In July 2018, North Yorkshire became the first children’s services department in England to achieve an ‘Outstanding’ rating in all areas. The impact of the No Wrong Door® model was noted in the report. This remarkable success was repeated in 2023.

The model has also attracted international interest. NWD was requested to be the Association of Children’s Residential Centres keynote presentation in 2020. The model has also been visited by colleagues from Helsinki, Finland, and has attracted research interest across Europe and Thailand. 

Across the Strengthening Families, Protecting Children as a whole – including NYC and the five adopter Local Authorities – the latest available data shows costs avoided of £15.37 million in the year 2023/4 (as at Quarter 3, 2022/3).

In number terms, across the SFPC in the same quarter, this looks like:


young people prevented from coming into care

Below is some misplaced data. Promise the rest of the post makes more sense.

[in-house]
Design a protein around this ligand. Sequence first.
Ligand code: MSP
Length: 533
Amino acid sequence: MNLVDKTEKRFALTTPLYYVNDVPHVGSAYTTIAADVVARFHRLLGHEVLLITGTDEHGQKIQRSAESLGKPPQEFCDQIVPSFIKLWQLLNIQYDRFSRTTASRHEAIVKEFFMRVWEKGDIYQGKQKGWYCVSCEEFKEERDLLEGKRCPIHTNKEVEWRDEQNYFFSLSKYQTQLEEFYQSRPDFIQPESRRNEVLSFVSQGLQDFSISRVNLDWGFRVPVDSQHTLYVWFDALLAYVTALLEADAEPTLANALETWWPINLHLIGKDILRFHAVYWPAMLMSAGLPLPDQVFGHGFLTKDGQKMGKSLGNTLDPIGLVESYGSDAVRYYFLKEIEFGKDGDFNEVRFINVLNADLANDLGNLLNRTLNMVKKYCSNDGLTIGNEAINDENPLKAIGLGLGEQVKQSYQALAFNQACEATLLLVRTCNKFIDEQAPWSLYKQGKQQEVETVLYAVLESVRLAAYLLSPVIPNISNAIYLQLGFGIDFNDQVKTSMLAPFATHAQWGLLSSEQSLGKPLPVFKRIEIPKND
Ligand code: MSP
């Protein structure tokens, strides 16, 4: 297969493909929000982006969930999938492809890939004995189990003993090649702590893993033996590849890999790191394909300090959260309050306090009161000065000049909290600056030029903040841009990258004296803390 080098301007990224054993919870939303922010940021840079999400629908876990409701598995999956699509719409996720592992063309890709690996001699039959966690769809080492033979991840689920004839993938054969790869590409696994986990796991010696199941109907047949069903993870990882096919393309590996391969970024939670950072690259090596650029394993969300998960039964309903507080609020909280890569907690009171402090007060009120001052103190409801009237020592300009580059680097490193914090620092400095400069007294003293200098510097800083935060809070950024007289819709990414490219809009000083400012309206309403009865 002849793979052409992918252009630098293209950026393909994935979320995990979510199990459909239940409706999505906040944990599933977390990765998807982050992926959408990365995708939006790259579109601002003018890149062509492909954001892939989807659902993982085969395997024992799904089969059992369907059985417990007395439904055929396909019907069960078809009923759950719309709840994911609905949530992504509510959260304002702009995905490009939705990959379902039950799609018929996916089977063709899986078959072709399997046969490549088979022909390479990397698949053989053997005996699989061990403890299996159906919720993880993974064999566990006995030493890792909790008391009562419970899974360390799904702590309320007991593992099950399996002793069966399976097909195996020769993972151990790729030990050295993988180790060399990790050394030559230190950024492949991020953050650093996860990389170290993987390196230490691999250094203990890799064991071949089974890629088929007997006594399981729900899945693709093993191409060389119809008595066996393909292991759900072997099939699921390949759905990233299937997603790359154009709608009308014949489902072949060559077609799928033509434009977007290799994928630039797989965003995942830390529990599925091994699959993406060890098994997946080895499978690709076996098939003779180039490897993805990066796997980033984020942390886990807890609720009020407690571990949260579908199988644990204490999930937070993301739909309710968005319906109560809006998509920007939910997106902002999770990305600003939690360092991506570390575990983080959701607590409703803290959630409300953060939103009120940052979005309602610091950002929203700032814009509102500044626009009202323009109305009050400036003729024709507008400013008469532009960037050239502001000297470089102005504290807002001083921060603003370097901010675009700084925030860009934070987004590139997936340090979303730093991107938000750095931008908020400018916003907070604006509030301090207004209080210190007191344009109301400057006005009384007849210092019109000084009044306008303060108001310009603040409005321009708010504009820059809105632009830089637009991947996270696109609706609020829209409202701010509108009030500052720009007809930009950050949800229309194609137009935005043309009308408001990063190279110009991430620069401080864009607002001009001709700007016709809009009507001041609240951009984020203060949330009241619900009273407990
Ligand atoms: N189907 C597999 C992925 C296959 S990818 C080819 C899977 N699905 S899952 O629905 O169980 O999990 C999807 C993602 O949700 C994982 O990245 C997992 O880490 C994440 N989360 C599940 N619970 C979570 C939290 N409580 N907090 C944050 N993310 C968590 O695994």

of young people living in a family

One of the practitioners in Warrington, summarised the benefits of NWD for young people and families, but also for staff professional development:

“Having specialist roles, such as speech and language, and the life coach, has been key to the delivery of the outreach support in the home to the young people and their families. When it is planned for a young person to come into the home, there is a clear plan for where we would like the young person to live when they move on. Multi-agency partners are good at coming together for the young person and wanting the right and best outcomes. Being a Portfolio lead and transitioning into management, the NWD model gives you more opportunities to progress compared to that of other children’s homes. Even at Portfolio Lead level, it gives you the opportunity to develop your leadership skills by having a lead role around the specialist areas. ”